How many tennis records does North Carolina native John Isner hold and what are they?

John Isner has come a long way from humble beginnings in North Carolina. When picking up a tennis racket for the very first time, he could never have dreamed of scaling the heights that he was able to achieve.

Heights are something that he quickly grew accustomed to, with a 6ft 10in frame allowing him to stand head and shoulders above most competitors.

Those physical attributes were always going to be an ace in Isner’s pack, and he mastered the art of playing the strongest possible hand. Few opponents relished a meeting with the towering American, as they knew precisely what they were in for.


Isner could never be considered a one-trick pony, but big-hitting was his weapon of choice. That did not always work in his favor, with market-leading prices within tennis betting odds from Betfair rarely secured as rivals found a way of countering his very obvious threat.

That is not to say that he was not fiercely competitive each and every time that he took to the court. A career-high ranking of No.8 in the world was hard earned in July 2018, with only elite performers able to break their way into the top 10.

Title triumphs were few and far between, with a semi-final run at Wimbledon in 2018 representing his best showing at a Grand Slam, but Isner boasted enough ability and longevity to pick up over $22 million in prize money during the course of his career.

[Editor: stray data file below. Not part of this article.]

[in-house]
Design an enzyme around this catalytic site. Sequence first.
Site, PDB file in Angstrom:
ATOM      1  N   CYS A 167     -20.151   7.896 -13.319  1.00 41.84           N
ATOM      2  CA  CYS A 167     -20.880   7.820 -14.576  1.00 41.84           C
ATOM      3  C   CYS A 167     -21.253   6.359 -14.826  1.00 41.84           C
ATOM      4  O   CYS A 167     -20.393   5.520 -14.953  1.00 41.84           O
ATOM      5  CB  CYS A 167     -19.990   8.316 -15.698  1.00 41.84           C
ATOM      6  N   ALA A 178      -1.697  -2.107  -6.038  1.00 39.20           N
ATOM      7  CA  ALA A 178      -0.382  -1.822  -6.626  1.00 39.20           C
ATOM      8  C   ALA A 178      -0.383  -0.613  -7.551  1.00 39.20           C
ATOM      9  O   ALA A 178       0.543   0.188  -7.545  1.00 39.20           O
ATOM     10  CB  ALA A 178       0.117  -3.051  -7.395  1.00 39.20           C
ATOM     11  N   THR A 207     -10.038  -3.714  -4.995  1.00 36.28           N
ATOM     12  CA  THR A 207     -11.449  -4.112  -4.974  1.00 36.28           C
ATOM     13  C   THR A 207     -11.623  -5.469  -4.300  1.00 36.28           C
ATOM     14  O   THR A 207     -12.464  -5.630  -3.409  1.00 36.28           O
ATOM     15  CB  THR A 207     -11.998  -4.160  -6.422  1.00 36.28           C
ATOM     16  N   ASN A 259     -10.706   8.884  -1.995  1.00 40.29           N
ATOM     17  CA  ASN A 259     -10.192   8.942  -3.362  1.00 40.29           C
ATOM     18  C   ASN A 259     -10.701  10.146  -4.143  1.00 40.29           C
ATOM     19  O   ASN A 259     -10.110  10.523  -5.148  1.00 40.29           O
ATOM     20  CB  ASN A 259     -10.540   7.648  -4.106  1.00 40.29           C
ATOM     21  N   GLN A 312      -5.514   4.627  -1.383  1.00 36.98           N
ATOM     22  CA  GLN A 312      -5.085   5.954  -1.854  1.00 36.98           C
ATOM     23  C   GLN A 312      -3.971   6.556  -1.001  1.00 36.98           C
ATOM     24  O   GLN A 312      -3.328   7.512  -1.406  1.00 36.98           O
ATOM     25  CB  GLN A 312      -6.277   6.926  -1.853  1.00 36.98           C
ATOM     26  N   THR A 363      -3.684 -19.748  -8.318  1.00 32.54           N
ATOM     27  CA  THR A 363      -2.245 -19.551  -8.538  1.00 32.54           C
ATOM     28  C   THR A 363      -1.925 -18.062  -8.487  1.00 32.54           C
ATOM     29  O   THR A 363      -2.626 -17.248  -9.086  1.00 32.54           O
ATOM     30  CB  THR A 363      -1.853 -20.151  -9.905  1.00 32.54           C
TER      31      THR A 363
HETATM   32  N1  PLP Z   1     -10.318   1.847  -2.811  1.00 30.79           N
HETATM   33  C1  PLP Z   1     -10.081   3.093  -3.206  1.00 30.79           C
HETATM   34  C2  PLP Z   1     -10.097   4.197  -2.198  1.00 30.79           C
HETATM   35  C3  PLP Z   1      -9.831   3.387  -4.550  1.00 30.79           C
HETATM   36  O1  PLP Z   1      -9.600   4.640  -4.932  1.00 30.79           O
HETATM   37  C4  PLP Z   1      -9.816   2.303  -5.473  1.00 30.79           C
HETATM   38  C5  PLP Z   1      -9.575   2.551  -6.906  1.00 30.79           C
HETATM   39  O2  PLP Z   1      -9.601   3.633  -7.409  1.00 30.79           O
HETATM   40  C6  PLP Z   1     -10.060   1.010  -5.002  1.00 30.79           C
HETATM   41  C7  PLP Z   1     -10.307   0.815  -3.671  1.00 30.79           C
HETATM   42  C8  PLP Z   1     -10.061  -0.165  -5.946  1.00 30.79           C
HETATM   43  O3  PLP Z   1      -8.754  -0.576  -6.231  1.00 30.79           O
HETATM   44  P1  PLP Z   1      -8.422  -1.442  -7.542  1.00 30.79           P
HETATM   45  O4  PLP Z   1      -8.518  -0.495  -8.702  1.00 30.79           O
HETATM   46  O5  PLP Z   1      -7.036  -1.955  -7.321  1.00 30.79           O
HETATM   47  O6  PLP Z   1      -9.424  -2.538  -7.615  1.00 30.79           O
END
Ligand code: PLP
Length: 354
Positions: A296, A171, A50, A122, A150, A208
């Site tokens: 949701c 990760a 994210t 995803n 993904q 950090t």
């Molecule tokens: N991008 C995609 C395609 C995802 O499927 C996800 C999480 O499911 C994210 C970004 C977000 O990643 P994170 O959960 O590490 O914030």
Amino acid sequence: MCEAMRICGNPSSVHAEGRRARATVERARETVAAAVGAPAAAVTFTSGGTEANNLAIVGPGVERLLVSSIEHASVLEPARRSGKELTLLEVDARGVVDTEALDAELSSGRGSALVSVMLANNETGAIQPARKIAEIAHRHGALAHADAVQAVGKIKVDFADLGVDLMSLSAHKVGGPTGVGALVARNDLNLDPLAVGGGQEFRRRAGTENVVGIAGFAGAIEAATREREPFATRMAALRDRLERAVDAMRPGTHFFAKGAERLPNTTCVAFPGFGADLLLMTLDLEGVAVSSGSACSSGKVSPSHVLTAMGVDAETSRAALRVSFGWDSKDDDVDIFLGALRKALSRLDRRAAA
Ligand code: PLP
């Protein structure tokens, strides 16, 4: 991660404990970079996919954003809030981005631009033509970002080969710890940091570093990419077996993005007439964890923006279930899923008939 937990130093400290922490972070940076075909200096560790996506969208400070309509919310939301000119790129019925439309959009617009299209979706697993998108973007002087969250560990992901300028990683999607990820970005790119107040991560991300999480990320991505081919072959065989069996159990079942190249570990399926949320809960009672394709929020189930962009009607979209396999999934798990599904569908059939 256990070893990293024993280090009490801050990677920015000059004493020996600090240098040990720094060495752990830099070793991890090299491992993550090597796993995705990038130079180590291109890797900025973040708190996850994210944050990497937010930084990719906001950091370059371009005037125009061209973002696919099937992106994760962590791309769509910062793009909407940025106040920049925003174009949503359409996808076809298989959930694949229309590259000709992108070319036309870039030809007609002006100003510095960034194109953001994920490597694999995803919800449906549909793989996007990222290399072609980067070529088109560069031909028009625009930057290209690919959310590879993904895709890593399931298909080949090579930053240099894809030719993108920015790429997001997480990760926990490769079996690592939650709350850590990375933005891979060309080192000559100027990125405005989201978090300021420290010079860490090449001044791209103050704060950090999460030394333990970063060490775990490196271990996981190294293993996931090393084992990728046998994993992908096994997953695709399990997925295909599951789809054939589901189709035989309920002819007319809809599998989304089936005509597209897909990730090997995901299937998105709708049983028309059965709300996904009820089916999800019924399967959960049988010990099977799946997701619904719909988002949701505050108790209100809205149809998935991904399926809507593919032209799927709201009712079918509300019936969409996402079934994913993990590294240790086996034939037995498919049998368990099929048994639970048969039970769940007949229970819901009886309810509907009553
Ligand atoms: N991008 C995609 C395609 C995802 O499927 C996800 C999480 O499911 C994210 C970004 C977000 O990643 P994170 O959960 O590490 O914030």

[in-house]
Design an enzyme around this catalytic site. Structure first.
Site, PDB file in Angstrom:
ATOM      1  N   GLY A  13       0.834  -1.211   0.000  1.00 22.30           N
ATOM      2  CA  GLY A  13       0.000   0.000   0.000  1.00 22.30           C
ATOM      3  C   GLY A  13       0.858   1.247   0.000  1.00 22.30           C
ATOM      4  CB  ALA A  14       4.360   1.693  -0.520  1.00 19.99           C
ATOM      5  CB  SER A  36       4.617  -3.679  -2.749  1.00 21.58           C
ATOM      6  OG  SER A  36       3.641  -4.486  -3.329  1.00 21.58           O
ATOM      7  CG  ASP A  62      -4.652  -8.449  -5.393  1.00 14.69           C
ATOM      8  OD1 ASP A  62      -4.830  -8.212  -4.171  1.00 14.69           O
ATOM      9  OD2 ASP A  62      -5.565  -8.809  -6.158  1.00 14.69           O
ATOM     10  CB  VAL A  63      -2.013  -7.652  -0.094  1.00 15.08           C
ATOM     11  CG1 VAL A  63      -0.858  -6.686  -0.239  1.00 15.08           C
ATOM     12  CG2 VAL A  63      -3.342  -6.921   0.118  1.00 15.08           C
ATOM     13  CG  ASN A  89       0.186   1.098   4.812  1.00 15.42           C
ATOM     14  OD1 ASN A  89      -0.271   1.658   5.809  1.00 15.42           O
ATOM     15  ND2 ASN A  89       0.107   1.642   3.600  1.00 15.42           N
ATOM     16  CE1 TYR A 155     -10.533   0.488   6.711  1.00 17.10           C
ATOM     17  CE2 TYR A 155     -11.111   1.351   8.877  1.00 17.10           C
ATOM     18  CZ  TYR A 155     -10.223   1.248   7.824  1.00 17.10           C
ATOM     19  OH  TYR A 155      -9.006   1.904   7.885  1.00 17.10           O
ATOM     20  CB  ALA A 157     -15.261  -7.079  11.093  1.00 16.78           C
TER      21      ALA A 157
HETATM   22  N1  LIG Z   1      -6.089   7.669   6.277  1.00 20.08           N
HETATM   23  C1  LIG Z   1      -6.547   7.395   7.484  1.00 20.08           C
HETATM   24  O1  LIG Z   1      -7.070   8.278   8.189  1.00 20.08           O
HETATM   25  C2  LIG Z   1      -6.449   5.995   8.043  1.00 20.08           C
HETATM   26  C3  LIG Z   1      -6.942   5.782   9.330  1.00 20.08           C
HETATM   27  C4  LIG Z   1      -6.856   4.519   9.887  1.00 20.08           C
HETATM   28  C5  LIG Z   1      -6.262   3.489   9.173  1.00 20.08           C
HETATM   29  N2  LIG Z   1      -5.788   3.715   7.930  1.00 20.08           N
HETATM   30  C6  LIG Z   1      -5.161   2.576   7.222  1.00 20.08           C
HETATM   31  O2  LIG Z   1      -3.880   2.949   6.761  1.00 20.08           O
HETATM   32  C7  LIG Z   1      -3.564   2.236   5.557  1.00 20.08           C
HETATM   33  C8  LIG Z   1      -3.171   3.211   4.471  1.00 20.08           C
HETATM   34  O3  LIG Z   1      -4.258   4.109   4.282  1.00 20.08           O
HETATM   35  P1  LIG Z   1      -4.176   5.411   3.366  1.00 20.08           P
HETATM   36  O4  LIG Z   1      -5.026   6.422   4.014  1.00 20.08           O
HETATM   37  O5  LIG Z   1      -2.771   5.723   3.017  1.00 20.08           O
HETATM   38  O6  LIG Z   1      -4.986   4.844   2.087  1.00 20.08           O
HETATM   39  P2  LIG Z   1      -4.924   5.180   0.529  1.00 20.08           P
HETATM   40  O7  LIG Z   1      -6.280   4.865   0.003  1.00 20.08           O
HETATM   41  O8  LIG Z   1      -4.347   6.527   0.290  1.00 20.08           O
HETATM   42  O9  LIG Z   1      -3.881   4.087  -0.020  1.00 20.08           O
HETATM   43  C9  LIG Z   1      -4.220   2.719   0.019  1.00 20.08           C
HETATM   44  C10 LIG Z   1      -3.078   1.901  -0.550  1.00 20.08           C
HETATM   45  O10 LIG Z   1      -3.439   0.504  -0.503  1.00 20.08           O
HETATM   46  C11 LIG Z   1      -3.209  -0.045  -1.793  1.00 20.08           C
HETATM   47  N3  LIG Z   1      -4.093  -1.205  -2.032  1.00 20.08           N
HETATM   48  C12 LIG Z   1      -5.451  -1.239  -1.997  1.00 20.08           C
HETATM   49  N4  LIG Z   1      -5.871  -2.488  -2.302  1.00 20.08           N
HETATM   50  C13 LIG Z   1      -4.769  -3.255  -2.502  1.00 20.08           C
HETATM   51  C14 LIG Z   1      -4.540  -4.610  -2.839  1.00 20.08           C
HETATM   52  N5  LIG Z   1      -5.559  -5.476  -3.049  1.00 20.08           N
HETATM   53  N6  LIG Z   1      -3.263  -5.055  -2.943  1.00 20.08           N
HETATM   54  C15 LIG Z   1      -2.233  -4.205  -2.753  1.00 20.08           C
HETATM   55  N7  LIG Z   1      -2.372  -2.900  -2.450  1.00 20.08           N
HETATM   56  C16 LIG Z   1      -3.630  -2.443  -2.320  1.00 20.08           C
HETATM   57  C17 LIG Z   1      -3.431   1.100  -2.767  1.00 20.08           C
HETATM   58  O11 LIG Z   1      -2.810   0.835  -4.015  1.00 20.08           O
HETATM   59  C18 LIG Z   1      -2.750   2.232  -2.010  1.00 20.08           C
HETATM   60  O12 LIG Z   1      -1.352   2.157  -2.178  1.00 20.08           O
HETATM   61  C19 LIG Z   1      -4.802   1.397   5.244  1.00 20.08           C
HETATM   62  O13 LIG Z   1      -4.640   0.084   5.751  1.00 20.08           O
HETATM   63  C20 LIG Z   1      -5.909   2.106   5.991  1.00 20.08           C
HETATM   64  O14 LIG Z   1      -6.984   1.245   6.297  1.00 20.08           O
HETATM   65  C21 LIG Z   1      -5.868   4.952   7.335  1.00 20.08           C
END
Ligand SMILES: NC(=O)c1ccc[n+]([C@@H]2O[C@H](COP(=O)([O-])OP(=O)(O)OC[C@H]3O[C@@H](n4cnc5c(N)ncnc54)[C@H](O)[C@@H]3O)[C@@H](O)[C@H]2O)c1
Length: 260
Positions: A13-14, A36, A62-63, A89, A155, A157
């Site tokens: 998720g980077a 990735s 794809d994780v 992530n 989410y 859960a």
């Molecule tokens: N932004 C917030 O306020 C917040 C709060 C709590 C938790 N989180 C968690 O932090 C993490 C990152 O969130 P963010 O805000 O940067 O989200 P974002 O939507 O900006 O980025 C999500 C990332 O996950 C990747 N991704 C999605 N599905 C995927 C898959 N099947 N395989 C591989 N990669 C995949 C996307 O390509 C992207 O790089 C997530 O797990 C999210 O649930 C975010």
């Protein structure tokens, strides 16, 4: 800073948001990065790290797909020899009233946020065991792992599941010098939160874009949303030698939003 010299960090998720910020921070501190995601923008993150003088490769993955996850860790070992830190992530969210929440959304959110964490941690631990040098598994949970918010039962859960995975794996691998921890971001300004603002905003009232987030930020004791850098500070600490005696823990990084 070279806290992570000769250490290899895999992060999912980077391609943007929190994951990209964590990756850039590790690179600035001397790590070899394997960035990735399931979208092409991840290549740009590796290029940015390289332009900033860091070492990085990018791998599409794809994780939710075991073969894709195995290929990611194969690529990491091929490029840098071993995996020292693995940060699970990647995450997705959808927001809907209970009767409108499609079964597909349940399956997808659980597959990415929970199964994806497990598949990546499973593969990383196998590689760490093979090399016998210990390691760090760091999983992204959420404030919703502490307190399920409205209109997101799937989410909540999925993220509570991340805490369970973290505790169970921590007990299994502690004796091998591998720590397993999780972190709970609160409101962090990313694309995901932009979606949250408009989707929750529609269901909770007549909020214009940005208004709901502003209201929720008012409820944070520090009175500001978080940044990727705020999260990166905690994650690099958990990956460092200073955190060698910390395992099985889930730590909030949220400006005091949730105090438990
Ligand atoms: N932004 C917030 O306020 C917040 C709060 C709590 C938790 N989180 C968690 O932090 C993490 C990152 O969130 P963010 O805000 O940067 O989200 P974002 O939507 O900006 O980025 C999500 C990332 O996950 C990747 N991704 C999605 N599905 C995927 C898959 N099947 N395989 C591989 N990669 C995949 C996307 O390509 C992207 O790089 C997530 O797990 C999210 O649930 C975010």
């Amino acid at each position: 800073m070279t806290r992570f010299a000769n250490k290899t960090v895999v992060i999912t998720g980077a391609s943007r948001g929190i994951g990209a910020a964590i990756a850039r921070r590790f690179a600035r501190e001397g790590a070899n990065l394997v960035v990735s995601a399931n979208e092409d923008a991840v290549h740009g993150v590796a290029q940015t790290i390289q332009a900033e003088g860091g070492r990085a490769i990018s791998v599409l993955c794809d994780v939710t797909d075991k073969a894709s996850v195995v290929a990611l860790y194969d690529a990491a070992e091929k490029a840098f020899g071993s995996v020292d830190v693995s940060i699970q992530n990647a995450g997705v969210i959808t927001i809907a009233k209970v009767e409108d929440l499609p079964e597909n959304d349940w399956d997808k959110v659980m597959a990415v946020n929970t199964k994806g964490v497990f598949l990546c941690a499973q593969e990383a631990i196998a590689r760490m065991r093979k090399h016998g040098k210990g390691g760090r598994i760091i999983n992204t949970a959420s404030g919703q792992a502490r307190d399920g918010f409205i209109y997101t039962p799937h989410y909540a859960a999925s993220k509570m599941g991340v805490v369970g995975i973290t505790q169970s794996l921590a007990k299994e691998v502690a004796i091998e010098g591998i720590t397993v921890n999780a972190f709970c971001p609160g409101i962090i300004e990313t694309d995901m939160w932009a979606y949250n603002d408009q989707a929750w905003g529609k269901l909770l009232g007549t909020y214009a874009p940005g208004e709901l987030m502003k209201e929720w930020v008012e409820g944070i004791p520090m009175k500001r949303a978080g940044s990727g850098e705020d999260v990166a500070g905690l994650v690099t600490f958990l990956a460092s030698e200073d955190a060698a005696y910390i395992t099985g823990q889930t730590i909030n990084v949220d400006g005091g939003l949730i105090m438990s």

That career came to end at the 2023 US Open – a tournament that Novak Djokovic is the -125 favorite to emerge victorious in – with the decision taken to head into retirement. Isner has earned the right to put his feet up and will be fondly remembered by those that have worked with and alongside him.

He has said of bowing out and what he is leaving behind: “What my legacy is? I’m not sure. I just want to be remembered most importantly from my colleagues, as a guy that’s pretty easy to get along with off court. I think I’ve had great relationships with the guys before me, my contemporaries, and then the young guys.”

Isner may not go down as an all-time great, but he does boast entries in the tennis history books that will stand the test of time and ensure that his legacy lives on for generations to come.

His most notable record was achieved back in 2010 – on the grass of Wimbledon once again. It was at that tournament that he took in an 11-hour, 5-minute epic with Nicholas Mahut – the longest match ever played.


That same contest allowed him to post a number of other achievements that will never be matched – 113 aces served in a single ATP/Grand Slam match, 85 aces hit in a set, 92 games won in a single match and 246 winners.

Those numbers went some way towards Isner finishing his career with an all-time high 14,411 aces and 505 tiebreaks won from the record-setting 839 that he took in.

They are some mind-boggling figures and ones that should ensure that there is forever a place in tennis folklore for the gentle giant from Greensboro.



Originally posted 2023-10-01 04:12:13.